So you don't think the players who got burned Saturday will approach practice and the gameplan involving play-action defense with a different focus?
I was actually updating my comment after thinking a little more about what you said, but you responded so I couldn't update it. Here's what it said:
I would rather have the shutout, but that's just me as a fan. I think that there are probably so many nuances in the players' performances that the coaches can point out for improvement, regardless of whether their play results in a TD or not. Not that I know what goes on in the locker room, but the coach can always tell a player something like "you did this well, but you're going to have to step it up against an opponent like ND." Nebraska demolished FAU 49-3 on Sat but Bo Pelini still said that the team played soft defense.
On the other hand, the WMU TD showed the players and coaches some things that don't work (one of which is probably playing JT Floyd). So yeah, I'm sure they can use the TD to show the defense areas for improvement.
I agree that the coaches don't need a play like that to find something the players did wrong and coach them on it. What I disagree with is that the players have a similar mindset.
I have been an athlete all my life (and not to be an ass, but a pretty damn good one). When I played and we won a game handily but had the coaches come in and go over how we could have done something better we didn't give it much credence. We thought that we got the desired outcome so why change anything. However if we knew we got beat (on a specific play) and the coaches stressed that to us it was far easier to admit we did something wrong and try to learn from it.
In my experience, it is results that matter to kids. If you tell them their footwork wasn't good but they managed to get an interception on the play they will lkely not listen very closely to your reasons for why they should change. If they got beat with a 60 yard bomb the audience suddenly becomes much more attentive.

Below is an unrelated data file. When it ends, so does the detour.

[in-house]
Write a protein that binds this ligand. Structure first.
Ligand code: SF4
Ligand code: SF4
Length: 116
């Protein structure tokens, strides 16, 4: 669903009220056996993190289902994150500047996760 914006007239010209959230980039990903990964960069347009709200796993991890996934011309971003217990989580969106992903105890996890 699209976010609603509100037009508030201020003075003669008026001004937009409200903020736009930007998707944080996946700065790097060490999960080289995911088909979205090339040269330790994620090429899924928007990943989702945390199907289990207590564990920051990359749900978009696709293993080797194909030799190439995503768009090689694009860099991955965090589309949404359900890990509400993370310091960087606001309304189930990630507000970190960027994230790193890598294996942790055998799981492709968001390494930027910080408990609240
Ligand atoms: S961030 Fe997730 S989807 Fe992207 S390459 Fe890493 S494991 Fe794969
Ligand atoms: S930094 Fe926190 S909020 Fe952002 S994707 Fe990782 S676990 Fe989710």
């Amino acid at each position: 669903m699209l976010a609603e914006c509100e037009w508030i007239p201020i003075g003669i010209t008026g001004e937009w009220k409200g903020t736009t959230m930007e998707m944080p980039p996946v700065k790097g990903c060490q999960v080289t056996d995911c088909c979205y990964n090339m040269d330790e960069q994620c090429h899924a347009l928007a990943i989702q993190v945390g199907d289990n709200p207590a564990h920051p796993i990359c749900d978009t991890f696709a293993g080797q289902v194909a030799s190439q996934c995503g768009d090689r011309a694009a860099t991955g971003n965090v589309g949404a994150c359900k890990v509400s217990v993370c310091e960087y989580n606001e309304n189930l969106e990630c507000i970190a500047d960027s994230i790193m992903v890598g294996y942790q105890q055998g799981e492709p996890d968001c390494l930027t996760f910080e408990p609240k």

"Judge, as my first witness, I call Blue in Yarmouth to the stand."
out of the electric chair Dan!
1) Sorry to use a lawyer/court vignette with a cardiologist, and
2) I look like I have already had a trip to the electric chair, no? Maybe something a la the dry sponge compliments of Percy in The Green Mile.
see, i think it's damn near inevitable that ND will hit a couple of big ones on us on saturday. we can live with those as long as: a) we are able to force an equal number of turnovers (i.e. if Jimmy throws a deep ball td to floyd and tate each, we also force one bad throw for a pick and blind-side him for a sack and fumble) & b) our offense is able to get online early and consistently move the ball and put points on the board, giving the D some confidence and time to remain fresh.
(1)Michigan 27, Notre Dame 20
(2)T-Forcier struggles somewhat to move the offense (14-25,125 yds,0TD/0INT) but still commits only a single turnover, fumbling on a 2nd quarter drive in ND territory on a third down scramble.
(3)Tate leads an impressive drive to end the first half, culminating on a 15 yard end round TD by DRob to put UM up 17-10 at the break.
(4)Steve Brown overcomes all odds and takes a Clausen pick to the house
(5)B.Minor earns a tough 125 yards on 25 or so carries with a short TD run; Carlos has another 50yd/10 carry day
(6)DRob is largely ineffective, but converts 2 clutch 4rd down plays with his athleticism, including the end of half touchdown.
(7)Jimmah finishes 25-45,275yds, 2TD/2INT, sacked 4 times.
(8)ND's run game is totally ineffective, making the offense one dimentional.
I hate those "4rd down" plays...so tough to convert
I have no idea how accurate your prediction will turn out but I, for one, love it. I hope you're right my friend!
I agree. A shutout would have been nice, and I'm sure GERG is all over ND preparations, but the best way for our safeties to learn is to make a mistake.
They were (and probably will) gonna give up a long PA pass this year. It's just part of the learning curve. They will be better prepared mentally the next time.
I would much rather it happen in the 4th quarter of a blow out than in a tight rivalry game.
... I would prefer the mistakes happening in practice than in a blowout.
On a similar note, I was disappointed that we essentially torpedoed two of our drives in the second half by putting Sheridan in for one and Cone for the other. However, if getting Sheridan enough playing time to display he still has the habit of making boneheaded plays is enough to keep him at third string on the roster, then I guess it's all for the best.